A change in control of the Japanese unit of TikTok, the popular video-sharing program owned by China-based company ByteDance, could be one way to address consumer data safety concerns in Japan, a lawmaker from Prime Minister Shinzo Abe’s ruling party has said.
Norihiro Nakayama, a senior member of several lawmakers in the Liberal Democratic Party looking into Chinese programs, said the group was unlikely to seek a ban on TikTok and other apps but would push for measures to ensure security of consumer information.
Nakayama’s remarks come after the United States arranged ByteDance to divest the US operations of TikTok within 90 days, ramping up pressure from President Trump over concerns about the protection of their personal data managed by ByteDance along with other Chinese technology.
He explained an ownership change for TikTok owner ByteDance’s local performance could be one solution, without elaborating further. Nakayama worried he had been giving a personal opinion, rather than the consensus of this group, which will be directed by Akira Amari, a Liberal Democratic Party heavyweight and close political ally of Prime Minister Abe.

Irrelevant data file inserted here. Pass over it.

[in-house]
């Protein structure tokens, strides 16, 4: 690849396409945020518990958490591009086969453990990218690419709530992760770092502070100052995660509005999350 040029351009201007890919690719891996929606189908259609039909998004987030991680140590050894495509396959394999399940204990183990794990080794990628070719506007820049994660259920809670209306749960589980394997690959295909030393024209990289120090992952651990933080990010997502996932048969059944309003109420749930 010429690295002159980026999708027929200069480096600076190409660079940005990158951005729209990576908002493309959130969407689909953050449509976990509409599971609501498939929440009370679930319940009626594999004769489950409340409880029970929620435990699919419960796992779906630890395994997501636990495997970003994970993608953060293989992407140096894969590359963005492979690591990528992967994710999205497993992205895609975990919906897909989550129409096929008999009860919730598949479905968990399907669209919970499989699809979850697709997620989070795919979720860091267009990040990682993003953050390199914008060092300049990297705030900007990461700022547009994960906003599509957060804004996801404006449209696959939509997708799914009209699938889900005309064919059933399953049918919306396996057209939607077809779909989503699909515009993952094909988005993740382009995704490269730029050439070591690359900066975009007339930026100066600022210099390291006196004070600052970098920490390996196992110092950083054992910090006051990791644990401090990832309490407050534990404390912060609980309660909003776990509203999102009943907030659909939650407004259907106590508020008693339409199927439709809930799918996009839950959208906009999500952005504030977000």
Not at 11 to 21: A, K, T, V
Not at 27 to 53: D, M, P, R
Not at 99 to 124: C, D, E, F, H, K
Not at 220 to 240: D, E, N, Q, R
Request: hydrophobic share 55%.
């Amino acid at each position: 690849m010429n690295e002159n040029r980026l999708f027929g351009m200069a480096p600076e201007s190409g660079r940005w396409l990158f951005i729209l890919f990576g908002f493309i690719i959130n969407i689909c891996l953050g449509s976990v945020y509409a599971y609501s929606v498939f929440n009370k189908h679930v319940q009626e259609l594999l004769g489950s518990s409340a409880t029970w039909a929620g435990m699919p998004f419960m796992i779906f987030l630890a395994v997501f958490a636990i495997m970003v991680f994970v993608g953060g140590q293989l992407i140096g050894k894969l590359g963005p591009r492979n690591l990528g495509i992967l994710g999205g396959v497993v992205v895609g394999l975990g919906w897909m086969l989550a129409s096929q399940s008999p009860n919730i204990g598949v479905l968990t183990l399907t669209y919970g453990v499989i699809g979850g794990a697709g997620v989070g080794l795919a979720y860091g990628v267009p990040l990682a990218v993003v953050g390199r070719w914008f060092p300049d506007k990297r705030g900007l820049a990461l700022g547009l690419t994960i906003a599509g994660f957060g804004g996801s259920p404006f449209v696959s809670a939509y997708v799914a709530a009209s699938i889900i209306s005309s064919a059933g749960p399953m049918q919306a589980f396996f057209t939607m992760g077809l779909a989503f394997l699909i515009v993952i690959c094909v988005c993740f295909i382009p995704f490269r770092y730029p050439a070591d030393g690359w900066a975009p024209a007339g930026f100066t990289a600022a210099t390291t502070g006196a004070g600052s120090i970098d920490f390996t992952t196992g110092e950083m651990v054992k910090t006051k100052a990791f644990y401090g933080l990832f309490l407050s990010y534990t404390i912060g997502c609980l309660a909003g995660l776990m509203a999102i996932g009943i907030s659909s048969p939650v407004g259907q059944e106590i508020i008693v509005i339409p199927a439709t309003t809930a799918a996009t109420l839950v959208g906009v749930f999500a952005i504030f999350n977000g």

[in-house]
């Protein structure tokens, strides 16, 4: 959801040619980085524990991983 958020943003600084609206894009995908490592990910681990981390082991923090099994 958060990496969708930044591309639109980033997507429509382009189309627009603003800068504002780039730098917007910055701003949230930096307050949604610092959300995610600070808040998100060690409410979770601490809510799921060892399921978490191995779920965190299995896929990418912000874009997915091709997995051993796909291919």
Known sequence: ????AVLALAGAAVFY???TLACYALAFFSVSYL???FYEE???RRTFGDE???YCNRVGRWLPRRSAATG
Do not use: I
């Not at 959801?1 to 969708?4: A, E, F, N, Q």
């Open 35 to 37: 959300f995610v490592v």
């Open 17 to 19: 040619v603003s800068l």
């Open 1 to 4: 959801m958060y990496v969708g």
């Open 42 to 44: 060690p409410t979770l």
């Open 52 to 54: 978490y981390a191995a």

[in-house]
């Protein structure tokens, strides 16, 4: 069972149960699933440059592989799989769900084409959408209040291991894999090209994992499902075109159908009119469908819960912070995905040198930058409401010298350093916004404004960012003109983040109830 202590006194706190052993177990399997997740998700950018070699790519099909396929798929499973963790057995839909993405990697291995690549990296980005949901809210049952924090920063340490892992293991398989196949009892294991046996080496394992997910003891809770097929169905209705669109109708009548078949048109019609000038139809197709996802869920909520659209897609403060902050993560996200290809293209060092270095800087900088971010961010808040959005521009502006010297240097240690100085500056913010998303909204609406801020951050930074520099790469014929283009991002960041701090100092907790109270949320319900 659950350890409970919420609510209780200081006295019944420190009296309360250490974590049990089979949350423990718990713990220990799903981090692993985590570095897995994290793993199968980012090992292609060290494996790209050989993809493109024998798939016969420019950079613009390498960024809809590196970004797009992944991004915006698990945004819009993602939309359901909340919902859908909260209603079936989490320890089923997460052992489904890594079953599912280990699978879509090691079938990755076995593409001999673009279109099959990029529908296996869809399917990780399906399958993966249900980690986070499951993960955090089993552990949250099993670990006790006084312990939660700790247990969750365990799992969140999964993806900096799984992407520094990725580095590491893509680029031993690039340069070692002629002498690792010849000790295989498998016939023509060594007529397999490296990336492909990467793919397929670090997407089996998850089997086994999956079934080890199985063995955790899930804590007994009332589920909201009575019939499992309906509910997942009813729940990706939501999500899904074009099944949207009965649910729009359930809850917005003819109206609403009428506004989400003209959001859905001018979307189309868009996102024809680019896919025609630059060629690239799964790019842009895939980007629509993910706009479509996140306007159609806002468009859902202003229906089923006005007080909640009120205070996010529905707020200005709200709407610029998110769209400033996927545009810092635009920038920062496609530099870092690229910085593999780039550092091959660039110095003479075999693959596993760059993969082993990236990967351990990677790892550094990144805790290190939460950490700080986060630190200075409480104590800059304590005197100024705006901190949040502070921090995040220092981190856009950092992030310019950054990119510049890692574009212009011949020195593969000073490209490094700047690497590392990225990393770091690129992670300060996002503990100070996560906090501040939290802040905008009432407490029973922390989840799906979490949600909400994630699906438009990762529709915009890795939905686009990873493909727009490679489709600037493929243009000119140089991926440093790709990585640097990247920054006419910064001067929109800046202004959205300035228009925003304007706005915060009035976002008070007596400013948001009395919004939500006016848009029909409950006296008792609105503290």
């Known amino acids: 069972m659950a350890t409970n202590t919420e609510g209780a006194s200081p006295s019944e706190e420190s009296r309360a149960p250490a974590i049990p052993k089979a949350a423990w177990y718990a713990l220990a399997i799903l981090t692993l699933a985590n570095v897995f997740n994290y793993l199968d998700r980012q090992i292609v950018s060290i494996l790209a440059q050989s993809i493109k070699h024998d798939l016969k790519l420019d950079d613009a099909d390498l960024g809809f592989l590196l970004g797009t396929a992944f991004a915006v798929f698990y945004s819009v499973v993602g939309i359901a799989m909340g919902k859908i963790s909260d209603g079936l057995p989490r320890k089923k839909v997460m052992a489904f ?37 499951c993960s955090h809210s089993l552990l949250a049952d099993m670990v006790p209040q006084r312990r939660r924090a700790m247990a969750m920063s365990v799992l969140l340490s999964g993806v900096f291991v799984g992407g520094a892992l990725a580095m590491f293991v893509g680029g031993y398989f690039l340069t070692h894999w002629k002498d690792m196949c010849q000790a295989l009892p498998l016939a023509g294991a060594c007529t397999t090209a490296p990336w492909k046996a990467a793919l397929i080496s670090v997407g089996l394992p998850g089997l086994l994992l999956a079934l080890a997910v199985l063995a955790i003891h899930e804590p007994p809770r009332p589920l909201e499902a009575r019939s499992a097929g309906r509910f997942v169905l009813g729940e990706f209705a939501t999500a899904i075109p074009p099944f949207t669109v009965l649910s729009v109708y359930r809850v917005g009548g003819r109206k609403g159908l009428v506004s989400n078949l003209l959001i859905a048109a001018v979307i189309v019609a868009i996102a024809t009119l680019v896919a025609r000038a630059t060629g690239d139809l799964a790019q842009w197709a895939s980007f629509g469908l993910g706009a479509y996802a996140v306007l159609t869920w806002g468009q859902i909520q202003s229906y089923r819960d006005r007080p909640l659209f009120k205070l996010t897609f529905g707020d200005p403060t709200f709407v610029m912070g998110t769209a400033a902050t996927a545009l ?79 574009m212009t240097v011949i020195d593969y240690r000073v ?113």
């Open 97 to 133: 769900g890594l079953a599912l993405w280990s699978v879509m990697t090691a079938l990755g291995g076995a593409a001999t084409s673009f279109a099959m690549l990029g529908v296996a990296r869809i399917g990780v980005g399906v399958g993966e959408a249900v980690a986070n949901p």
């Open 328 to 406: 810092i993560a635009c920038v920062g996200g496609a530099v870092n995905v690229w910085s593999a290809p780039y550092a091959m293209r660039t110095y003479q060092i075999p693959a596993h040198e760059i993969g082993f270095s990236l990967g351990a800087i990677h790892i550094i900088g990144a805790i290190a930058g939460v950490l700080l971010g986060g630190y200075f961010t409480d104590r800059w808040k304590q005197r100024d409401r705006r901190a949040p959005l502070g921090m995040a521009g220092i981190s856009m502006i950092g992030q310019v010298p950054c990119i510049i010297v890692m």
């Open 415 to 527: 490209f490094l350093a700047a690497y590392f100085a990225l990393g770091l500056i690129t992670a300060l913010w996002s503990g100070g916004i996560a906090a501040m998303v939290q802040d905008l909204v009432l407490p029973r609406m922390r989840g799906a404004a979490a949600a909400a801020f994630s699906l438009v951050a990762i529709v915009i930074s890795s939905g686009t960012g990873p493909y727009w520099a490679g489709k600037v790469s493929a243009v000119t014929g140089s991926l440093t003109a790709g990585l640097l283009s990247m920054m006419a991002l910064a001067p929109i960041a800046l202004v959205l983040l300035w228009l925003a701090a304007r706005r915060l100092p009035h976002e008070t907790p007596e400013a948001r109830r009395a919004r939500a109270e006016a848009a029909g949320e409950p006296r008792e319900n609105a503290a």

TikTok has said that it’s never provided user data to China and it wouldn’t do so if requested.
ByteDance Japan officials contacted by email did not immediately respond to a request for comment.
US officials have argued that, under China’s national intelligence legislation, all citizens and companies have to collaborate in espionage attempts.
Beyond TikTok, President Donald J Trump has also issued an order that would prohibit trades with Tencent-owned WeChat messaging program.
The Japanese lawmakers plan to compile a set of proposals on September 10th, Nakayama said.
“I would like to propose a framework that enables scientific verification of this concern”, he said.
The team at Platform Executive hope you have enjoyed the ‘Changing TikTok Japan ownership could address governments concerns‘ article. Initial reporting via our content partners at Thomson Reuters. Reporting by Kiyoshi Takenaka. Editing by David Dolan and Kenneth Maxwell.
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